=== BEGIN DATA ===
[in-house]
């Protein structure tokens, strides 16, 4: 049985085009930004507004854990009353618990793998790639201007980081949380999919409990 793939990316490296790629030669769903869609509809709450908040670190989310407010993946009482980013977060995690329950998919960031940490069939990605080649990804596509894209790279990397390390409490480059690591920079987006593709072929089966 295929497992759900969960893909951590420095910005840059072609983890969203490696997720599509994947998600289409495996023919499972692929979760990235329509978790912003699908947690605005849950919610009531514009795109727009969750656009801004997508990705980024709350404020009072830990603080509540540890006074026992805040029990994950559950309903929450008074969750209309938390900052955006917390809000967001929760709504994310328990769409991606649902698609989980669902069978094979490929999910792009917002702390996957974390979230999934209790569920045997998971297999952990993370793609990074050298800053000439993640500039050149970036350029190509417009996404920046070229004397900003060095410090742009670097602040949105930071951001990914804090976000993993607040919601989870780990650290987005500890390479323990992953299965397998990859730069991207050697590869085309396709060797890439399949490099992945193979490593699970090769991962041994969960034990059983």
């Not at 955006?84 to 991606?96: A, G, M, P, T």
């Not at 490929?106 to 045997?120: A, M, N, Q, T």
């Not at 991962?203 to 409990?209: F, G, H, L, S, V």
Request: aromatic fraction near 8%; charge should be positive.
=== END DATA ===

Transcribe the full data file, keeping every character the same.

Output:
[in-house]
């Protein structure tokens, strides 16, 4: 049985085009930004507004854990009353618990793998790639201007980081949380999919409990 793939990316490296790629030669769903869609509809709450908040670190989310407010993946009482980013977060995690329950998919960031940490069939990605080649990804596509894209790279990397390390409490480059690591920079987006593709072929089966 295929497992759900969960893909951590420095910005840059072609983890969203490696997720599509994947998600289409495996023919499972692929979760990235329509978790912003699908947690605005849950919610009531514009795109727009969750656009801004997508990705980024709350404020009072830990603080509540540890006074026992805040029990994950559950309903929450008074969750209309938390900052955006917390809000967001929760709504994310328990769409991606649902698609989980669902069978094979490929999910792009917002702390996957974390979230999934209790569920045997998971297999952990993370793609990074050298800053000439993640500039050149970036350029190509417009996404920046070229004397900003060095410090742009670097602040949105930071951001990914804090976000993993607040919601989870780990650290987005500890390479323990992953299965397998990859730069991207050697590869085309396709060797890439399949490099992945193979490593699970090769991962041994969960034990059983």
């Not at 955006?84 to 991606?96: A, G, M, P, T």
């Not at 490929?106 to 045997?120: A, M, N, Q, T």
């Not at 991962?203 to 409990?209: F, G, H, L, S, V």
Request: aromatic fraction near 8%; charge should be positive.